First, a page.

The Moment of Bluth

This blog does not hold any spoilers for the fourth season ofArrested Development.


Plenty’s already been said about the return of Arrested Development to Netflix. I’ve seen just as many blogs and tweets applauding the new season as those tearing it down and calling it a stain on the integrity of the show’s previous three seasons.

In my opinion, what Mitchell Hurwitz has managed to achieve with the fourth season of his remarkable comedy is nothing less than sheer brilliant innovation.

It’s been almost a decade now since television viewing fundamentally changed. So few people, especially in the Arrested Development demographic, watch television the way it was originally designed to be viewed: in sittings of half hours, live to air, with commercials interrupting them. Most television is now consumed, in bulk, through DVD, catch-up services like iView or streaming services like Netflix. (This has, in turn, meant a delivery on far more accurate and informative ratings, thereby creating the diverse range of television audiences are now enjoying. This data trend was outlined in last month’s issue of Wired magazine.)

Family Guy helped bridge some of the gap by throwing caution to the wind when it came to their character’s swearing or espousing jokes that would normally have the television network censors running for the beep button. The writers just held the off-cuts over for the DVD, where fans could enjoy the infantile crudeness without fear of censorship.

But apart from that, little has changed inside the writer’s room that reflects viewer’s change of habit. In Arrested Development‘s first three seasons, we had a little taste – the show became known for its love of continuity and call-backs, encouraging viewers to watch the material multiple times and find new layers of comedy gold. The same can be said for many episodes of Community, which Dan Harmon made ambitiously rich in content. It’s difficult to argue that Harmon was not directly influence by Arrested Development. Both take the contemporary television comedy and completely upturn it. These two shows, almost entirely in isolation, are pioneering a brand new genre of television.

As a sideline, it occurs to me that science-fiction shows such as Doctor Who are also abundantly aware of the viewing habits of their audience. It’s hard to believe that you understand all of Steven Moffatt’s time-travel nonsense by just watching one episode at a time, a week apart. The same is to be said, in some respects, for the Marvel films, which are growing in complexity and layers. Having only very recently watched Thor for example, I now want to re-watch The Avengers to better understand the Loki/Thor back story. A probable comparison is also to be made with Game Of Thrones, whose large ensemble cast and rich family tree is only growing in sophistication. The writers don’t strictly feel the need to stop and explain every week, however, as they’re aware that most of the audience will be either watching the show in bulk on DVD, or will be able to do a quick wikipedia search for the character they’re confused about, or, of course, go to the books. Writers are finally beginning to understand the freedom they now have with the new technological landscape. The 22/42 minute episode, split into five acts, wrap-everything-up-neatly forumla will die within a generation.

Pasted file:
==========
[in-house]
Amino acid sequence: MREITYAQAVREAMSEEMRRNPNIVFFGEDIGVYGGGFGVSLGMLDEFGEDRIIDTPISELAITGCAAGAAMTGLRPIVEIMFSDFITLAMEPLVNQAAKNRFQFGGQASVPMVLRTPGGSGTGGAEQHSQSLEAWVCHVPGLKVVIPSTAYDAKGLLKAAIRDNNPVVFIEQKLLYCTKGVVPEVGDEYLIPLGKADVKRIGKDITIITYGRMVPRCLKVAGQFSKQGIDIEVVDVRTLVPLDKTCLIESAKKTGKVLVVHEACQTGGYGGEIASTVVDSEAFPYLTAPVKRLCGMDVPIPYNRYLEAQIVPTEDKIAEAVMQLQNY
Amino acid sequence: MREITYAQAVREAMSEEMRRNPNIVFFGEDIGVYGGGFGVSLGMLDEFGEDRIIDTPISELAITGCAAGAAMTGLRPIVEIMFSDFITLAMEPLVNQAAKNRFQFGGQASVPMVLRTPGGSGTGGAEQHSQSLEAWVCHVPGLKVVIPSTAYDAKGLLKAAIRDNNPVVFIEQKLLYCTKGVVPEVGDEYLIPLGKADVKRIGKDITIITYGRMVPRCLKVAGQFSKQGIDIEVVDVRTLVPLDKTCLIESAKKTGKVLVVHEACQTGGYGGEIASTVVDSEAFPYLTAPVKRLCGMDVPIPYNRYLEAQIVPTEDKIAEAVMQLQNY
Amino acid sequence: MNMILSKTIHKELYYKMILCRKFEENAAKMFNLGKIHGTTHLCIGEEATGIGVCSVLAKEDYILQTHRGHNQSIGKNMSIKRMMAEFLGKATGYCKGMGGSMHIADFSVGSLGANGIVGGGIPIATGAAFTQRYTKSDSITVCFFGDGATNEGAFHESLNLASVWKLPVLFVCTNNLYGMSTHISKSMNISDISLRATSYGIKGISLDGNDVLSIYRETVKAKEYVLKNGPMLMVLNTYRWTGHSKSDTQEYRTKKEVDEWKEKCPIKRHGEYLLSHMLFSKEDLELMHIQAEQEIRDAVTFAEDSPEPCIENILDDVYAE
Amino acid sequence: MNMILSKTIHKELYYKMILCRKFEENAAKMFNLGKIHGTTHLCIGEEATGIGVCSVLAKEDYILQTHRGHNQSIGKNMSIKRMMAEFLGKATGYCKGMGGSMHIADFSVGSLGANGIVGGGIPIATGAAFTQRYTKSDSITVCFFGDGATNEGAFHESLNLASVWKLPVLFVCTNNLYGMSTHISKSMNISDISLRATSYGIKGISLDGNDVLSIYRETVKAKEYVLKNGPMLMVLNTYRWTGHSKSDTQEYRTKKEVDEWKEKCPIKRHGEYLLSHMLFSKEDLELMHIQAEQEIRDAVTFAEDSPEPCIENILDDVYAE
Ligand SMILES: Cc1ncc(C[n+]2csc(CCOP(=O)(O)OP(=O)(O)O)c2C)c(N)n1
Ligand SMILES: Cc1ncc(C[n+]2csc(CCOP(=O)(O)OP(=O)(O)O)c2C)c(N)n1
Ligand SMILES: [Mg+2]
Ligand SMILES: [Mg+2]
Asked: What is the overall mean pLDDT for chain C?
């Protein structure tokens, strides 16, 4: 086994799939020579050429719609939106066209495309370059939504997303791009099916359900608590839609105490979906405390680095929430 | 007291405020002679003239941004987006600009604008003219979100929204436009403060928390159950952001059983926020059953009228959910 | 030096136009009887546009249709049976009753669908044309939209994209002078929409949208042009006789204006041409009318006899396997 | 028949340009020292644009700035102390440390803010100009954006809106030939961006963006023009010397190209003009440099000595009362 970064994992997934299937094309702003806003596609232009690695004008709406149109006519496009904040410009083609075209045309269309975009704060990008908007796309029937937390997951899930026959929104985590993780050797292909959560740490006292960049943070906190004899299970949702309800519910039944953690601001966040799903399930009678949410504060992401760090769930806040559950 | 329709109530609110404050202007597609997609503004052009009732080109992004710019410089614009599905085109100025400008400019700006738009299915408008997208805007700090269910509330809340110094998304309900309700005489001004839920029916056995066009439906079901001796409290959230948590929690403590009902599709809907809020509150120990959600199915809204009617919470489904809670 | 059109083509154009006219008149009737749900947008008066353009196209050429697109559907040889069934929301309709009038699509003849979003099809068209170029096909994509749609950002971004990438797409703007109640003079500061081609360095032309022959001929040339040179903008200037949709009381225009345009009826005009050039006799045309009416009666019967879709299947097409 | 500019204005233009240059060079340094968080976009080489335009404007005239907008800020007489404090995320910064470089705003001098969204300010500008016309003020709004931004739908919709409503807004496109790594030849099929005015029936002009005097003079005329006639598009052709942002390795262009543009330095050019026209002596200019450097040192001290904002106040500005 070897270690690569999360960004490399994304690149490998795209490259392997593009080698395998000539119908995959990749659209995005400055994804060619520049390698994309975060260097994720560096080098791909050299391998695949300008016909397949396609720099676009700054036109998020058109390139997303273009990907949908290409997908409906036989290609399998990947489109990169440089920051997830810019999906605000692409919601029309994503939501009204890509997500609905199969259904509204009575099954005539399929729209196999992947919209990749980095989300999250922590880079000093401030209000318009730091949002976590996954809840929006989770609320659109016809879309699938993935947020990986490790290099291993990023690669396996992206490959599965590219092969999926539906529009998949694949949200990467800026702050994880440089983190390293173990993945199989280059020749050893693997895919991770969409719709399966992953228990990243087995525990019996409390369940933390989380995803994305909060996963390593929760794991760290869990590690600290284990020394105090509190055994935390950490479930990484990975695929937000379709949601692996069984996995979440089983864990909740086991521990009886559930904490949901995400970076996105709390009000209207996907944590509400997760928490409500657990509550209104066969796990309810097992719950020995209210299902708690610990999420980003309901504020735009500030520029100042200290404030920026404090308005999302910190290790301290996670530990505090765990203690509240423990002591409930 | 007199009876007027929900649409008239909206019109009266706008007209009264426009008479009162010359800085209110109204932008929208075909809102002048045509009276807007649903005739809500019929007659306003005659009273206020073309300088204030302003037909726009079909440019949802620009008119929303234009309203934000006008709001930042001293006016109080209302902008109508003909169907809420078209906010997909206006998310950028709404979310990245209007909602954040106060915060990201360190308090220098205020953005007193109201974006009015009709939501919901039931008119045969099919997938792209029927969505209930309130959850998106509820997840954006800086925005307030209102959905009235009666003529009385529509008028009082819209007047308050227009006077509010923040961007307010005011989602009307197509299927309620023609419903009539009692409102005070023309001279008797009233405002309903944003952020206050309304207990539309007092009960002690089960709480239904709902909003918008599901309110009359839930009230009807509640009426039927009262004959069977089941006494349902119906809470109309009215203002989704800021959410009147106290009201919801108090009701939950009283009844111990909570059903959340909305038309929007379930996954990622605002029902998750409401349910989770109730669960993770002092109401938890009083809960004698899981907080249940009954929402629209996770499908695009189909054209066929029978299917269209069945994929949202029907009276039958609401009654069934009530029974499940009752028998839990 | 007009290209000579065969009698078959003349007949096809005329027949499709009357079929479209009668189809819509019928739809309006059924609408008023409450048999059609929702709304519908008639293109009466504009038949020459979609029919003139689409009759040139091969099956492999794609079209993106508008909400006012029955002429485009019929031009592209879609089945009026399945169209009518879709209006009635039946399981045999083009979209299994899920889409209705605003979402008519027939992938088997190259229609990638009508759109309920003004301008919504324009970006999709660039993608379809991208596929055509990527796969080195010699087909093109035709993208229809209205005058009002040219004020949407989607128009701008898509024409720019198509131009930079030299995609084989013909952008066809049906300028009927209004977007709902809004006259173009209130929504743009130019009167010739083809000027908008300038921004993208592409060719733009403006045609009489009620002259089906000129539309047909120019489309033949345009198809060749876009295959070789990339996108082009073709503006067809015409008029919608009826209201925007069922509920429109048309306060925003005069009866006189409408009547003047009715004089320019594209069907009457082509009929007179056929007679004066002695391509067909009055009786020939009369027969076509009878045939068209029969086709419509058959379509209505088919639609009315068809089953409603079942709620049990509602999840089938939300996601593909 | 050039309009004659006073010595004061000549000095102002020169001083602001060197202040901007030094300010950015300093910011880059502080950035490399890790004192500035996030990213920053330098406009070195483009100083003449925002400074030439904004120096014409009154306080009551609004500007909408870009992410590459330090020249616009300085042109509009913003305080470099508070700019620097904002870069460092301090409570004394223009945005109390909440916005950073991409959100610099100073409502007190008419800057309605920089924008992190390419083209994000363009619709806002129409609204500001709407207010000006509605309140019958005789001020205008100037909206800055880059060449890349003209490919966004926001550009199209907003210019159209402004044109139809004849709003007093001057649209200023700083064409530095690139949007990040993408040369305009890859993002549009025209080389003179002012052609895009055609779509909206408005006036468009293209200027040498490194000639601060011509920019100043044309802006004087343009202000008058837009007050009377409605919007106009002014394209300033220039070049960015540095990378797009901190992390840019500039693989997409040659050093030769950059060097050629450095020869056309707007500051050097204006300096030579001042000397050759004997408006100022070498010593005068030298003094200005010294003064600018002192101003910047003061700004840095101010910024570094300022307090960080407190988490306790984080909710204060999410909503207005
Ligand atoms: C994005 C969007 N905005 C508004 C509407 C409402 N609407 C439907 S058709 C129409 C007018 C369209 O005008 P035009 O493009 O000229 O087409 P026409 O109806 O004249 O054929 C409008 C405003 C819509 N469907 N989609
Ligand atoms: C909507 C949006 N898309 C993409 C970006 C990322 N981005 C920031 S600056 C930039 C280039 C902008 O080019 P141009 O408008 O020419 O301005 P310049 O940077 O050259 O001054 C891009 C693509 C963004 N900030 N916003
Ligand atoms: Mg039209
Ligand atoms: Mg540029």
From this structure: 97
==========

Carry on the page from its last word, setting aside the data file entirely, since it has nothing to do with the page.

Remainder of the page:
And Arrested Development is leading the way. Season four is ingeniously and bizarrely connected. All fifteen episodes take place overthe same block of time, with each episode focussing on one of the ensemble’s casts experience of that block of time. The plot twists unexpectedly. Narrative questions that were posed three episodes ago are summed up in a satisfying moment when you least suspect. As such, the episodes don’t feel like they ever really end, or start, they just keep on going. The plot and characters exist on a continuum. Characters travel in almost parallel – colliding in ways that are structurally inventive, often comical, and unlike any other show I’ve ever seen. It’s an act of bravery from Hurwitz, but it’s a completely refreshing break from the tired forumla of ordinary half-hour comedies.

And it’s a gift to comedy, it has to be said. Running gags are given new life – small props or passing posters hung on the wall behind the main action can be a subtle punchline…to a joke that was told a few episodes ago. Or even, a few episodes in the future. If you get it, it’s a rewarding treat. If you don’t, you don’t feel like you’re missing out on anything.

More please Hurwitz. And comedy writers, pay attention.